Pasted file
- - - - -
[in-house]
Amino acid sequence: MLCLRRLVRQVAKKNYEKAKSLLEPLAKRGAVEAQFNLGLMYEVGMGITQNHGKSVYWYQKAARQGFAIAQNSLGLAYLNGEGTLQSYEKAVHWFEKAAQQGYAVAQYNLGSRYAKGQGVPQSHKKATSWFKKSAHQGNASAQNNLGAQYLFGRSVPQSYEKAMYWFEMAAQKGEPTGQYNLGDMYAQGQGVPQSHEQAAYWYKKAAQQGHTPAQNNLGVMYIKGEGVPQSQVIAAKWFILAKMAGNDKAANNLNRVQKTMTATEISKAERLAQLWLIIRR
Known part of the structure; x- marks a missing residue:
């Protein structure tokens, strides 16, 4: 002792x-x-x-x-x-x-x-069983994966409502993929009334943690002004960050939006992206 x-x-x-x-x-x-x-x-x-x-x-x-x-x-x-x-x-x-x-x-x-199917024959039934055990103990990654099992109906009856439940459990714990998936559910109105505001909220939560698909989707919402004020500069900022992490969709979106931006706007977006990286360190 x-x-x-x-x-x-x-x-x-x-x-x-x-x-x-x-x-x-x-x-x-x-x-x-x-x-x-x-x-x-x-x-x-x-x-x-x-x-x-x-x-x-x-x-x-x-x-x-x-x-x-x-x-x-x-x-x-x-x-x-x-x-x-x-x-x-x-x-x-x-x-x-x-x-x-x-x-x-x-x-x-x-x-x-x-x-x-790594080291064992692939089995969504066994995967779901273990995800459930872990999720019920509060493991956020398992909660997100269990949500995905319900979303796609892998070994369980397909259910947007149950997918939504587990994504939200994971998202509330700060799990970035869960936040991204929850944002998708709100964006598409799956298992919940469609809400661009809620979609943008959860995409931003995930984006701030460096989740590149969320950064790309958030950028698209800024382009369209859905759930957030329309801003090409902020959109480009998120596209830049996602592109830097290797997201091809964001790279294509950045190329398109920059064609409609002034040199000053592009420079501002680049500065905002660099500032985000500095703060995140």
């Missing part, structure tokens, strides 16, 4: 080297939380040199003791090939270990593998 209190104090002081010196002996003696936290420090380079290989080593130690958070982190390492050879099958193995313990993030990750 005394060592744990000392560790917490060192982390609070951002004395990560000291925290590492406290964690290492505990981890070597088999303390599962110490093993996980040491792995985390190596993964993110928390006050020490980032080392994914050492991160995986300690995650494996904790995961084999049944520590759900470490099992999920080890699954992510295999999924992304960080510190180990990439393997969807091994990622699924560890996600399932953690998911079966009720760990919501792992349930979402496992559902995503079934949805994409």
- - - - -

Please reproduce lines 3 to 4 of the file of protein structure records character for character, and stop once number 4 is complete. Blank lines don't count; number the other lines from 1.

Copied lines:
Known part of the structure; x- marks a missing residue:
């Protein structure tokens, strides 16, 4: 002792x-x-x-x-x-x-x-069983994966409502993929009334943690002004960050939006992206 x-x-x-x-x-x-x-x-x-x-x-x-x-x-x-x-x-x-x-x-x-199917024959039934055990103990990654099992109906009856439940459990714990998936559910109105505001909220939560698909989707919402004020500069900022992490969709979106931006706007977006990286360190 x-x-x-x-x-x-x-x-x-x-x-x-x-x-x-x-x-x-x-x-x-x-x-x-x-x-x-x-x-x-x-x-x-x-x-x-x-x-x-x-x-x-x-x-x-x-x-x-x-x-x-x-x-x-x-x-x-x-x-x-x-x-x-x-x-x-x-x-x-x-x-x-x-x-x-x-x-x-x-x-x-x-x-x-x-x-x-790594080291064992692939089995969504066994995967779901273990995800459930872990999720019920509060493991956020398992909660997100269990949500995905319900979303796609892998070994369980397909259910947007149950997918939504587990994504939200994971998202509330700060799990970035869960936040991204929850944002998708709100964006598409799956298992919940469609809400661009809620979609943008959860995409931003995930984006701030460096989740590149969320950064790309958030950028698209800024382009369209859905759930957030329309801003090409902020959109480009998120596209830049996602592109830097290797997201091809964001790279294509950045190329398109920059064609409609002034040199000053592009420079501002680049500065905002660099500032985000500095703060995140």